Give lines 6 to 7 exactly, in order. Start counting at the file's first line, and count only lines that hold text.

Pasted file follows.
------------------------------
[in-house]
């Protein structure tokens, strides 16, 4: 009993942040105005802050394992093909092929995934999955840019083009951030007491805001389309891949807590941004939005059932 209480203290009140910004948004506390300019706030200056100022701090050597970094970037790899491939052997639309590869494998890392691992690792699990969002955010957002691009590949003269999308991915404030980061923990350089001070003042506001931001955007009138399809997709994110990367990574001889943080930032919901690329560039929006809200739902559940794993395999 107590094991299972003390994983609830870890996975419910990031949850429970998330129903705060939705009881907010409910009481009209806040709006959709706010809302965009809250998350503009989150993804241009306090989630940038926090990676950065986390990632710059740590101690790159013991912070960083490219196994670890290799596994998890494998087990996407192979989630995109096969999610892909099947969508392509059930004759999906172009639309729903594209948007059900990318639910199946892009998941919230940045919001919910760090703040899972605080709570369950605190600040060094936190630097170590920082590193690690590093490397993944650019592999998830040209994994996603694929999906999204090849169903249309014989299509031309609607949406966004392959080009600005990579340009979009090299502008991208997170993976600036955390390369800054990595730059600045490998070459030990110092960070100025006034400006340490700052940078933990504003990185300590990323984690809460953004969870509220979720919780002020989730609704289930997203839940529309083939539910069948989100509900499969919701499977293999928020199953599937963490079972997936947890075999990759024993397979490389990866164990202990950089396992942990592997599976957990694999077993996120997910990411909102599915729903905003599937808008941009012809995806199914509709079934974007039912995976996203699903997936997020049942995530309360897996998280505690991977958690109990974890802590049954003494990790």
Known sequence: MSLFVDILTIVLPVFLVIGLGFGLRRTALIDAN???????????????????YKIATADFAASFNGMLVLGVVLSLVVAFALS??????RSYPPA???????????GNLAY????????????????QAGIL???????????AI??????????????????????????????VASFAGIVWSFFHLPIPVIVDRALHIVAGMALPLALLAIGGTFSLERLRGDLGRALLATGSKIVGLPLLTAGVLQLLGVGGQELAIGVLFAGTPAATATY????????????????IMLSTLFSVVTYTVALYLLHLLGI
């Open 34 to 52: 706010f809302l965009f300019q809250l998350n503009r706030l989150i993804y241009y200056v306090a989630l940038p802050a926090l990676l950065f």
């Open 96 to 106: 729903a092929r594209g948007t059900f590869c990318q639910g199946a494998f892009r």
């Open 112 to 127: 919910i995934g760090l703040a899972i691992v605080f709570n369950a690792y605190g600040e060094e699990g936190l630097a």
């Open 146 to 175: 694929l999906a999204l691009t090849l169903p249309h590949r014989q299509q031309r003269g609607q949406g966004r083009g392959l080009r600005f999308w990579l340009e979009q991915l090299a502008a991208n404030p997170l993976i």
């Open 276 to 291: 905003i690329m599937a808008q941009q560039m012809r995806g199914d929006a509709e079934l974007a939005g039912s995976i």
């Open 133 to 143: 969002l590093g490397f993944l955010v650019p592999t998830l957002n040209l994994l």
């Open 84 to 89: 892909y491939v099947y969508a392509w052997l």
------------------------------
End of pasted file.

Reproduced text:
């Open 112 to 127: 919910i995934g760090l703040a899972i691992v605080f709570n369950a690792y605190g600040e060094e699990g936190l630097a």
């Open 146 to 175: 694929l999906a999204l691009t090849l169903p249309h590949r014989q299509q031309r003269g609607q949406g966004r083009g392959l080009r600005f999308w990579l340009e979009q991915l090299a502008a991208n404030p997170l993976i």